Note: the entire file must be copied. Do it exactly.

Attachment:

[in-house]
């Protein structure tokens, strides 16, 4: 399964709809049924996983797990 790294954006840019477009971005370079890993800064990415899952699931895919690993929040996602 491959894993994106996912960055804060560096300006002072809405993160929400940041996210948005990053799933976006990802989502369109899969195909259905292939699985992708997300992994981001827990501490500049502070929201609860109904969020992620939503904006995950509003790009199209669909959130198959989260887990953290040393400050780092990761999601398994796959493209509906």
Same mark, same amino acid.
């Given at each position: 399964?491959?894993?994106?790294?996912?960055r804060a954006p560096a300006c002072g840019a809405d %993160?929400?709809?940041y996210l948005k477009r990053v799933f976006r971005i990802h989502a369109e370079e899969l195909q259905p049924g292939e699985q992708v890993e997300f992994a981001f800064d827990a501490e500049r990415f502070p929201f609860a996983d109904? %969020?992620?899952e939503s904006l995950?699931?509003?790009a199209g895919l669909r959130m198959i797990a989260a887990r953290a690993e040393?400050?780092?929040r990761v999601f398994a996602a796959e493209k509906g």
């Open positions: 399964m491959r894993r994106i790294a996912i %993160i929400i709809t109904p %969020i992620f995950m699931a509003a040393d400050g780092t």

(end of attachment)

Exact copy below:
[in-house]
């Protein structure tokens, strides 16, 4: 399964709809049924996983797990 790294954006840019477009971005370079890993800064990415899952699931895919690993929040996602 491959894993994106996912960055804060560096300006002072809405993160929400940041996210948005990053799933976006990802989502369109899969195909259905292939699985992708997300992994981001827990501490500049502070929201609860109904969020992620939503904006995950509003790009199209669909959130198959989260887990953290040393400050780092990761999601398994796959493209509906």
Same mark, same amino acid.
């Given at each position: 399964?491959?894993?994106?790294?996912?960055r804060a954006p560096a300006c002072g840019a809405d %993160?929400?709809?940041y996210l948005k477009r990053v799933f976006r971005i990802h989502a369109e370079e899969l195909q259905p049924g292939e699985q992708v890993e997300f992994a981001f800064d827990a501490e500049r990415f502070p929201f609860a996983d109904? %969020?992620?899952e939503s904006l995950?699931?509003?790009a199209g895919l669909r959130m198959i797990a989260a887990r953290a690993e040393?400050?780092?929040r990761v999601f398994a996602a796959e493209k509906g």
């Open positions: 399964m491959r894993r994106i790294a996912i %993160i929400i709809t109904p %969020i992620f995950m699931a509003a040393d400050g780092t």